News, Politics

Iraq’s Kirkuk council throws support behind region poll

Council announces decision at session boycotted by Turkmen, Arab members
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In a session boycotted by Turkmen and Arab members, Kirkuk’s provincial council on Tuesday announced its decision to take part in an upcoming referendum — slated for Sept. 25 — on Kurdish regional independence.

According to Ali Mehdi, a Turkmen council member who boycotted the vote, only 24 council members attended Tuesday’s council session.

“The council’s decision will now be referred to Iraq’s constitutional and administrative courts,” Mehdi told Anadolu Agency.

Kirkuk’s provincial council consists of 41 members: 26 Kurds, nine Turkmen and six Arabs.

‘Unconstitutional’

Speaking at a press conference, Hasan Turan, a Turkmen lawmaker and vice-president of the Iraqi Turkmen Front, blasted the council’s decision, describing it as “unconstitutional”.

“Kurdish council members took this decision unilaterally, which violates Iraq’s constitution,” Turan said, calling for the intervention of Iraqi Prime Minister Haider al-Abadi and President Fuad Masum.

“The notion of holding a referendum in Kirkuk lacks legitimacy,” he added. “We [Turkmen] will take all legal steps to challenge this decision.”

Turan went on to say that — if it is held — Turkmen would likely boycott the poll, which they fear could lead to the region’s further destabilization.

Seeking Independence in Northern Iraq, An Interview with Hemin Hawrami

‘Special status’

Following the U.S. invasion of Iraq in 2003, Kurdish Peshmerga forces seized the city and province of Kirkuk, leading to an influx of Kurds into the area.

Article 140 of Iraq’s 2005 constitution calls for the return to Kirkuk of residents forced to leave the city in the Saddam Hussein era.

Afterwards, according to the national charter, a census is to be conducted throughout the province before a referendum is held to determine Kirkuk’s status vis-à-vis Iraq’s central government.

Article 140, however, has never been implemented due to ongoing differences between Baghdad and Erbil, the Kurdish region’s administrative capital.

While Baghdad says Kirkuk is “administratively dependent” on Iraq’s central government, many Kurds — including the Patriotic Union of Kurdistan, which dominates political life in the province — demands Kirkuk’s incorporation into the Kurdish region.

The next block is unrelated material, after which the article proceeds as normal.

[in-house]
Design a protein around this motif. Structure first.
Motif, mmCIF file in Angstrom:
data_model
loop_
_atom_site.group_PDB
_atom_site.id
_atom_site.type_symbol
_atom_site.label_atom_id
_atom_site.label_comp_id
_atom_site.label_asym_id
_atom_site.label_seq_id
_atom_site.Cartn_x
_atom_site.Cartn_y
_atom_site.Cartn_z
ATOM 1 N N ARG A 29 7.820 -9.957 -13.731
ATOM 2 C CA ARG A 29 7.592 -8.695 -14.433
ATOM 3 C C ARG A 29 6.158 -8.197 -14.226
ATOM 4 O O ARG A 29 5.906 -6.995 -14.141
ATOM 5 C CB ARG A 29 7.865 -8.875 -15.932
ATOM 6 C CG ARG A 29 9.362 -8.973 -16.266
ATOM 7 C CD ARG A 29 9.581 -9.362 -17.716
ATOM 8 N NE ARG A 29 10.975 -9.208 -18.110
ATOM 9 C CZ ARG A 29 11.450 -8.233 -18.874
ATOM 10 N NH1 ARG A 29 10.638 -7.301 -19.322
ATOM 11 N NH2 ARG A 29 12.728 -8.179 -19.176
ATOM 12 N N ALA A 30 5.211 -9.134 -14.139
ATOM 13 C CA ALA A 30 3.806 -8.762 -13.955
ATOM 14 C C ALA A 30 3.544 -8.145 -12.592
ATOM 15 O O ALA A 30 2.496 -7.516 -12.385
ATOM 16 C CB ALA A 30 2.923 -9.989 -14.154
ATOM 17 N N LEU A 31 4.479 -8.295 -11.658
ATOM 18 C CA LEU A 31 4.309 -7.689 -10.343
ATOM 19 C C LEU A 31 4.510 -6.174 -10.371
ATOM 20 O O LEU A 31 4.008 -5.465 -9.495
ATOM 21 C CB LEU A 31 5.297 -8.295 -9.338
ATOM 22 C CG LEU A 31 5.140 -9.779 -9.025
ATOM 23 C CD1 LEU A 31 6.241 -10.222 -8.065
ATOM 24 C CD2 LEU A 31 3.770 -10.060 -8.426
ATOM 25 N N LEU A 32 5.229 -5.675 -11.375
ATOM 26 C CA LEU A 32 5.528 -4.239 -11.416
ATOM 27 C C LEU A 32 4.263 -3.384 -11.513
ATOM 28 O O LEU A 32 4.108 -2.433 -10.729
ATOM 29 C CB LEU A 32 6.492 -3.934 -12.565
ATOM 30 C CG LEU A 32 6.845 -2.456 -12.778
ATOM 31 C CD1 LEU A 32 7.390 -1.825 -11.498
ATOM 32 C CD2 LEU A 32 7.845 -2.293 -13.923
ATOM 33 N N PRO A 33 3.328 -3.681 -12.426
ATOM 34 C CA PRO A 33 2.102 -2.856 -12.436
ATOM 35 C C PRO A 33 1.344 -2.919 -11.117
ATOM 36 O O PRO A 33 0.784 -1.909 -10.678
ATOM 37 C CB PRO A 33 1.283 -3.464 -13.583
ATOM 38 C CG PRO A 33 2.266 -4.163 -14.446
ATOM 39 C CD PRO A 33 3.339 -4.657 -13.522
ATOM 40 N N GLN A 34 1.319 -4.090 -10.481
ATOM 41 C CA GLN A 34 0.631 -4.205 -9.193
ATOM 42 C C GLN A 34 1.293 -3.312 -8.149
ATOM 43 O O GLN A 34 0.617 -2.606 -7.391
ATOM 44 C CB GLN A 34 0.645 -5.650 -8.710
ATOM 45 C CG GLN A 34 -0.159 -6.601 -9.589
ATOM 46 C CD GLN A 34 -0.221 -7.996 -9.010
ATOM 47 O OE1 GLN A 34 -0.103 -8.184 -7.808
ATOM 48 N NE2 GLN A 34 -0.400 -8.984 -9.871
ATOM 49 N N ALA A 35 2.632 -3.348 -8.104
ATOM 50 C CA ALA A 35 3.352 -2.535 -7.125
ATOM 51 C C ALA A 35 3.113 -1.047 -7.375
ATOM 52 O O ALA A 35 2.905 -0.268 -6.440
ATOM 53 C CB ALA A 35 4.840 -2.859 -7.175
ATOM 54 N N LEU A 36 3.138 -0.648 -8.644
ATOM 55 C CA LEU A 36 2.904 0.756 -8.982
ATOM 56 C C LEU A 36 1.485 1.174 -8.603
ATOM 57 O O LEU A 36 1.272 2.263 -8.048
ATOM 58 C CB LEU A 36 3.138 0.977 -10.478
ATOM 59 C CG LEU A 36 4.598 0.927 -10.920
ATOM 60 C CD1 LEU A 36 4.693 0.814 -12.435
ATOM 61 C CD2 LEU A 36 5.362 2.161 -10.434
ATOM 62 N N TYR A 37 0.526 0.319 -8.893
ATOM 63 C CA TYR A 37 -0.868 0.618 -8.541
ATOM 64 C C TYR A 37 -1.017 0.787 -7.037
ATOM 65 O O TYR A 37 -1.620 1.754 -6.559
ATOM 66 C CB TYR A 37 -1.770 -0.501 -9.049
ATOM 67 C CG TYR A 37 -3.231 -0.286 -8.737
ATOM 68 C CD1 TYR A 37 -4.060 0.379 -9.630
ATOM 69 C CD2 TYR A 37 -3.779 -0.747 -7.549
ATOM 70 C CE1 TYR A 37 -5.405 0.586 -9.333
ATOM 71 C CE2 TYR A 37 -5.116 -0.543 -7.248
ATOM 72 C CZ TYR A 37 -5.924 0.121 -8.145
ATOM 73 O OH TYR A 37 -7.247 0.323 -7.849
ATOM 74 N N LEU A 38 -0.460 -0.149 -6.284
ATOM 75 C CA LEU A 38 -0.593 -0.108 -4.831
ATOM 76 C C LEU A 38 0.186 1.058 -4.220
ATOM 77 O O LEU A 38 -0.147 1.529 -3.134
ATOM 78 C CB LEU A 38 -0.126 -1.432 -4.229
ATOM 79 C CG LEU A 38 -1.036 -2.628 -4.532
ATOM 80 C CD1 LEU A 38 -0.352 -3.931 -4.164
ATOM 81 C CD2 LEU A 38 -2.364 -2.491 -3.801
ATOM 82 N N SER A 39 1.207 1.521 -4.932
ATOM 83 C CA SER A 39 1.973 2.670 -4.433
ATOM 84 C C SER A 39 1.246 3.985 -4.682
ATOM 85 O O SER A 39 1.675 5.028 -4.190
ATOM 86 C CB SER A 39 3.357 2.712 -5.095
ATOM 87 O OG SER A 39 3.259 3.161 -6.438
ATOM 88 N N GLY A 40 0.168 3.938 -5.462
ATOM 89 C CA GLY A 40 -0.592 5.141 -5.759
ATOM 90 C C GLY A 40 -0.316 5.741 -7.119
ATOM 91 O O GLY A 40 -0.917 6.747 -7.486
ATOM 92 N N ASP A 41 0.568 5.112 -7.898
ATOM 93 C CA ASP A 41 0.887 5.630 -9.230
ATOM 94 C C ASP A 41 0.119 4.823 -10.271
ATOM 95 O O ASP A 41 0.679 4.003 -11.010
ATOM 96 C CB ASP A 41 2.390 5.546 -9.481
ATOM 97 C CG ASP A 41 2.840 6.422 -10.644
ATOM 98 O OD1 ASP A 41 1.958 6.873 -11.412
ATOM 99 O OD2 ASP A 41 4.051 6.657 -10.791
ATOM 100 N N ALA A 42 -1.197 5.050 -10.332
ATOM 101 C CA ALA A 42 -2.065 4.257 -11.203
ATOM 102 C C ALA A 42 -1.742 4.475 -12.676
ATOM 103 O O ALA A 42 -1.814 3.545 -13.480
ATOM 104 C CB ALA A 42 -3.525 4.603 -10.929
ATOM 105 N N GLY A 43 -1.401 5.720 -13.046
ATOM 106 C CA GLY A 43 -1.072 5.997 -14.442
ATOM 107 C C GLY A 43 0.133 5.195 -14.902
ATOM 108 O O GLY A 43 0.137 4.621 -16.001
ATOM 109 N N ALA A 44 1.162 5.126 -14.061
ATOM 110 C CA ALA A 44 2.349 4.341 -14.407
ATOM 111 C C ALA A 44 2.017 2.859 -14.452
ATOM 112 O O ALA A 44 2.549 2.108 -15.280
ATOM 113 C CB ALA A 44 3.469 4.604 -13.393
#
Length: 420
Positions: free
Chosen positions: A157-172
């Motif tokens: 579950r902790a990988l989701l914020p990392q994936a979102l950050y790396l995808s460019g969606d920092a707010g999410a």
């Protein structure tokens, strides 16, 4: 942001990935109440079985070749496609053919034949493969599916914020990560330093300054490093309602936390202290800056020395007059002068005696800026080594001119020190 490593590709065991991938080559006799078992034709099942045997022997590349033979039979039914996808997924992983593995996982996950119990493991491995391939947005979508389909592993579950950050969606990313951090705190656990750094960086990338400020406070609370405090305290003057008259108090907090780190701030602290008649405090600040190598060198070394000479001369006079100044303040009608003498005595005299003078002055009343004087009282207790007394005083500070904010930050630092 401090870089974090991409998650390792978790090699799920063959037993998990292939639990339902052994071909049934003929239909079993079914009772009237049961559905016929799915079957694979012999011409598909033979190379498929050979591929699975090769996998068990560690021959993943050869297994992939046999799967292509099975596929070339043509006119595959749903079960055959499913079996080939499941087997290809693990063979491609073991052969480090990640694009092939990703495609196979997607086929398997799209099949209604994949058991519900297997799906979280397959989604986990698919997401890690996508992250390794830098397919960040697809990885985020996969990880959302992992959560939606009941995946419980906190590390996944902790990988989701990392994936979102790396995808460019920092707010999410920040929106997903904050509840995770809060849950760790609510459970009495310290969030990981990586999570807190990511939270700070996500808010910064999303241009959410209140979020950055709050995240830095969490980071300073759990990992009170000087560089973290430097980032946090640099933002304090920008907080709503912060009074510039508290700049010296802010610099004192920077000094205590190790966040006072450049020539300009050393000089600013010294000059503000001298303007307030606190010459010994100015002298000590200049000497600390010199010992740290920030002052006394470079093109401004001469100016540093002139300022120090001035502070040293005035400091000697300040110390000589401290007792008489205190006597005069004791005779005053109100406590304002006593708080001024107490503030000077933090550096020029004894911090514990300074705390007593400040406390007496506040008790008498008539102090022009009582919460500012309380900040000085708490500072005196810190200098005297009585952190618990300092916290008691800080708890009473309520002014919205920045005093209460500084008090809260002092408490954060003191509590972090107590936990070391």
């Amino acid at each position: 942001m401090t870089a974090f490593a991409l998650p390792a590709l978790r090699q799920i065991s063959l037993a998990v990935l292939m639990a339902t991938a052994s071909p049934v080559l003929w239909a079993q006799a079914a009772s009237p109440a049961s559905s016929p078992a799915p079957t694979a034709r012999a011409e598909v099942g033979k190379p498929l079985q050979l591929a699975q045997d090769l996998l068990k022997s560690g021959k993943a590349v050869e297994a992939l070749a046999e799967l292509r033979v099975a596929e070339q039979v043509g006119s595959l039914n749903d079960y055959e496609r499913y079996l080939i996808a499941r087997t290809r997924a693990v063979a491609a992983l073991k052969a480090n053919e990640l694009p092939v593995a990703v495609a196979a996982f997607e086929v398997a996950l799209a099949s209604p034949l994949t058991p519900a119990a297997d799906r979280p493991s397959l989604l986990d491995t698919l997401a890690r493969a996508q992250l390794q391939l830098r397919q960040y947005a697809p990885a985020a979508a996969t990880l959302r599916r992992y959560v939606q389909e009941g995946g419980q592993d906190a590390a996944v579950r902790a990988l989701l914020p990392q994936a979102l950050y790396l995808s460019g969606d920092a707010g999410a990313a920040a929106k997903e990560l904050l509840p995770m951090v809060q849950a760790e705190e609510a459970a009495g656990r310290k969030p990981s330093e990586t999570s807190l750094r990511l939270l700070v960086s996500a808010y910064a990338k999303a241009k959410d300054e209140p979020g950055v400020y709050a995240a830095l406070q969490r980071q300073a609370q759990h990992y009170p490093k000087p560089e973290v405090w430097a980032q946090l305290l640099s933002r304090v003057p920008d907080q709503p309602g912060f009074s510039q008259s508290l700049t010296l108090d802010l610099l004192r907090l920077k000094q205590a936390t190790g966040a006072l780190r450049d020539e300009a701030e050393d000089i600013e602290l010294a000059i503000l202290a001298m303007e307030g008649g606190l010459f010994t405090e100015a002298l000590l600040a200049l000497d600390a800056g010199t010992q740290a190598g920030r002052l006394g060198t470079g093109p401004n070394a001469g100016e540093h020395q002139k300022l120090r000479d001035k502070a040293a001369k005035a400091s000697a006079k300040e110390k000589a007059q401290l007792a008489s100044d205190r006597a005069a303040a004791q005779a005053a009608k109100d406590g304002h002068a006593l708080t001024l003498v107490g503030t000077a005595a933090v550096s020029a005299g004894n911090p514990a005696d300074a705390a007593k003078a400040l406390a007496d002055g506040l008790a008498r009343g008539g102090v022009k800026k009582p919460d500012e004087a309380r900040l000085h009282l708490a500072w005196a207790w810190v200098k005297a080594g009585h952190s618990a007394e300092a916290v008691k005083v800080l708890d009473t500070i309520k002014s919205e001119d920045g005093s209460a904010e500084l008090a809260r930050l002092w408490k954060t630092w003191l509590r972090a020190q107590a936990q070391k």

Kirkuk’s Turkmen, for their part, oppose the notion of annexation, insisting that the ethnically-diverse province enjoys a “special status”.

Turkish disapproval

In a Tuesday statement, the Turkish Foreign Ministry likewise blasted the provincial council’s decision, describing it as “unacceptable” and “the latest in a long series of mistakes”.

“While the independence referendum is a mistake in and of itself, the provincial council’s decision to include Kirkuk in the poll is yet another mistake — one which also violates Iraq’s constitution,” read the statement.

The ministry went on to cite an August 17, 2017 ruling by the Baghdad Administrative Court in which the court stated that neither Kirkuk’s provincial council nor the Kurdish Regional Government (KRG) enjoyed any special authority over the disputed province.

“Pursuit of this dangerous course will serve neither the KRG’s interests nor those of Iraq,” the statement added. “Nor will it find acceptance with the international community, nor will it contribute to regional peace and stability in this critical period.”

Iraq PM weighs in

Iraqi Premier al-Abadi also weighed in on the issue on Tuesday, roundly condemning the provincial council’s decision as “unacceptable” and “a mistake”.

“Decisions can’t be taken like this,” he said at a press conference hastily convened in Baghdad.

“Our region is now safe,” he added. “We should all live together.”

Intra-Kurdish Approaches to the Independence Referendum in Northern Iraq

Source: Anadolu Agency

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